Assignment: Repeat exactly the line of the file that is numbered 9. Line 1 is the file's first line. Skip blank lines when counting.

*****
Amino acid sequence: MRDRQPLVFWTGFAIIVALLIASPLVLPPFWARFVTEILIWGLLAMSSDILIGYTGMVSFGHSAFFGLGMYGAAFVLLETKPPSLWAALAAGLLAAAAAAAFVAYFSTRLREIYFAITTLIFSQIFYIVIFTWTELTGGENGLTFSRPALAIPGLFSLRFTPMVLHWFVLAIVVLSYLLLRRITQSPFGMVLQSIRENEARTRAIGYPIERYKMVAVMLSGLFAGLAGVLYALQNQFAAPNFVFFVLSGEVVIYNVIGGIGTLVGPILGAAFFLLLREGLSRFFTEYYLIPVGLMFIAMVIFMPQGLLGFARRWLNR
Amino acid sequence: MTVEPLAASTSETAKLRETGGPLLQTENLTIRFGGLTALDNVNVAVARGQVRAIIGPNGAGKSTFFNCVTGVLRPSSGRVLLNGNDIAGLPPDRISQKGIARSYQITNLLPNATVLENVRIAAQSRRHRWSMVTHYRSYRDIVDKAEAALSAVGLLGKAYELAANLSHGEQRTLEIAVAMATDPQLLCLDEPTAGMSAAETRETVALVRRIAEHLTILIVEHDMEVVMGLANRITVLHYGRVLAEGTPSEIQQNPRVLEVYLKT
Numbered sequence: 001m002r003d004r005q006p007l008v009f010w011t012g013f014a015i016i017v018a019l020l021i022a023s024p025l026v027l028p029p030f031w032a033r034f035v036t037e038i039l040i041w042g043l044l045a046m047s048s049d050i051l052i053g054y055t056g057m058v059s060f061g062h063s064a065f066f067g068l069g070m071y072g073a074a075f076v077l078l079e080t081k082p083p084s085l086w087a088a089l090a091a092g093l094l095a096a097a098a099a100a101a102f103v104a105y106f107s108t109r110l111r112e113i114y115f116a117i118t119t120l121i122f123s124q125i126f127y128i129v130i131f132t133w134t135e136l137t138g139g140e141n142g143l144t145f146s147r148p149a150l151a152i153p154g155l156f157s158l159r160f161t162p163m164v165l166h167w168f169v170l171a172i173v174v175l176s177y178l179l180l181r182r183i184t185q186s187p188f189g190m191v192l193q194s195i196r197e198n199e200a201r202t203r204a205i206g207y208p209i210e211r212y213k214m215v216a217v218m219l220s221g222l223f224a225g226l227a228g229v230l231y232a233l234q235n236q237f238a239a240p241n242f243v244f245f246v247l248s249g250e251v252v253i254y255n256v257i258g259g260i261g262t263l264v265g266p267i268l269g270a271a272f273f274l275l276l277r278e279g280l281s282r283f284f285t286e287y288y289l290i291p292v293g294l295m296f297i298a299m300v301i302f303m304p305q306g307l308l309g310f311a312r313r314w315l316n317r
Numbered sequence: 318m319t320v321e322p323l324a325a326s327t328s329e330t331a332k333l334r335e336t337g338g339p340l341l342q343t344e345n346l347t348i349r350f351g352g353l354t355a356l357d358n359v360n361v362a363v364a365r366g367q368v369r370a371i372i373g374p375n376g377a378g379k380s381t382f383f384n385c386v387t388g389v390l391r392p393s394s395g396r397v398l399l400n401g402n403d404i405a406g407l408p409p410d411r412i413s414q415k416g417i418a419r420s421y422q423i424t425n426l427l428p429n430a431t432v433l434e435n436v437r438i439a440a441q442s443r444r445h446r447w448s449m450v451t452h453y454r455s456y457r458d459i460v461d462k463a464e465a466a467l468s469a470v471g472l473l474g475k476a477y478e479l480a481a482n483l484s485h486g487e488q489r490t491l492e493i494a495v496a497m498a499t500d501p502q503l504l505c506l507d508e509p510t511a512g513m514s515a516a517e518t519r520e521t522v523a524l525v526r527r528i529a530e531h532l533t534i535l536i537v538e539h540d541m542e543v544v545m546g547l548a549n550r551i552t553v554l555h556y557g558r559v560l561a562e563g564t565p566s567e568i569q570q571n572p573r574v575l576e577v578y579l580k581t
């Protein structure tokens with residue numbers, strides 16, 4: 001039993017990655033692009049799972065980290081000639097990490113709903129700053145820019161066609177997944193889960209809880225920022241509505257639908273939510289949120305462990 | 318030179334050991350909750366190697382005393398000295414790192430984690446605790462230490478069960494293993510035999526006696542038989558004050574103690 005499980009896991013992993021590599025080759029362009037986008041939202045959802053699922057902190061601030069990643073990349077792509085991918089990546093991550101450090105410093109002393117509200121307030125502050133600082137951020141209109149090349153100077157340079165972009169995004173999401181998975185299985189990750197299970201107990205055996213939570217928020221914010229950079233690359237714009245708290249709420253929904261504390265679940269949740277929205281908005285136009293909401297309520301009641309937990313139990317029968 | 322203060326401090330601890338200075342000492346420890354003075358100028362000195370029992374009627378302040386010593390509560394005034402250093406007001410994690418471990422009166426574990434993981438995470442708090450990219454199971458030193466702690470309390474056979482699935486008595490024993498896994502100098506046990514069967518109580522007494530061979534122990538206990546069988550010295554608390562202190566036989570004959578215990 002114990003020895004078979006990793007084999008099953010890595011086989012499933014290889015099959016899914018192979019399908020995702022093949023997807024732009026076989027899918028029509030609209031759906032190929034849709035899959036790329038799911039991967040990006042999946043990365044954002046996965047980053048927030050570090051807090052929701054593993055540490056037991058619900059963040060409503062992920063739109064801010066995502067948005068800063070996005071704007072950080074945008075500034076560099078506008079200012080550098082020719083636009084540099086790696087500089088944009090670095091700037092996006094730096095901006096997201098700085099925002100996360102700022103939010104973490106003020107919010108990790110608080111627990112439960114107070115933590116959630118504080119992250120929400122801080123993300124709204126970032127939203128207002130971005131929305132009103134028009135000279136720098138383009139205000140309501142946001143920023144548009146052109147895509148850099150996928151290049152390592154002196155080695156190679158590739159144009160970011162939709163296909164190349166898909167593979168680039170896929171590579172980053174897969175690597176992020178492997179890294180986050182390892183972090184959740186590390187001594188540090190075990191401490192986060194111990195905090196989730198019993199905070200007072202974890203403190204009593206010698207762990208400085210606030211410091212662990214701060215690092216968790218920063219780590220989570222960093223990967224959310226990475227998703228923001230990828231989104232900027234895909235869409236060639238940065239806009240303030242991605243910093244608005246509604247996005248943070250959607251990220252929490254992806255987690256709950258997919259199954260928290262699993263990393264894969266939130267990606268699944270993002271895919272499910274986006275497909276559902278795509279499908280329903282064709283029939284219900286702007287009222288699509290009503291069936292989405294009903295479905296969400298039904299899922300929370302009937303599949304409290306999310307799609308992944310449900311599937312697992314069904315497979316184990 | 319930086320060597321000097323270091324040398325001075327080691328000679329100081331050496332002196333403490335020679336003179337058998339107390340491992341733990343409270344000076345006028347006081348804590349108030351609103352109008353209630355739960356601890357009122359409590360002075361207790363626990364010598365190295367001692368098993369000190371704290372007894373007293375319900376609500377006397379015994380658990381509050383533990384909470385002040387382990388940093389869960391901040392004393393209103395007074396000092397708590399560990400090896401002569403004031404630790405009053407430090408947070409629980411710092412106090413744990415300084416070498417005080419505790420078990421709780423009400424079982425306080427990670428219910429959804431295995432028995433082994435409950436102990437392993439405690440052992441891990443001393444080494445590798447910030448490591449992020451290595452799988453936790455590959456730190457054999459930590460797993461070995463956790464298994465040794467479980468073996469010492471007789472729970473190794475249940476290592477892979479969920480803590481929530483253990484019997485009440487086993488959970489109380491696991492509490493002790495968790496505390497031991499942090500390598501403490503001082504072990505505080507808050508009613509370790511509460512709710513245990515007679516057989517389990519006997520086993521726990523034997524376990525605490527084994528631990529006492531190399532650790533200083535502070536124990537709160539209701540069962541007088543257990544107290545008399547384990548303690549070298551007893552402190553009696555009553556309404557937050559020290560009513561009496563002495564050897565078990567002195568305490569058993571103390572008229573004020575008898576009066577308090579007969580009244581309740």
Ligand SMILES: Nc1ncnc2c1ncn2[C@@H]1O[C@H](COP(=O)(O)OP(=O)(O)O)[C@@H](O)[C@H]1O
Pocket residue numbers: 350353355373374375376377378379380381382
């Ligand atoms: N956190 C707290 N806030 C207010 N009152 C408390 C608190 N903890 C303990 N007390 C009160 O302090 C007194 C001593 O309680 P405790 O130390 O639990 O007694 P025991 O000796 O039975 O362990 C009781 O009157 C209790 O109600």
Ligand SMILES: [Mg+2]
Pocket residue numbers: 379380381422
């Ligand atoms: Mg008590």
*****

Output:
Ligand SMILES: [Mg+2]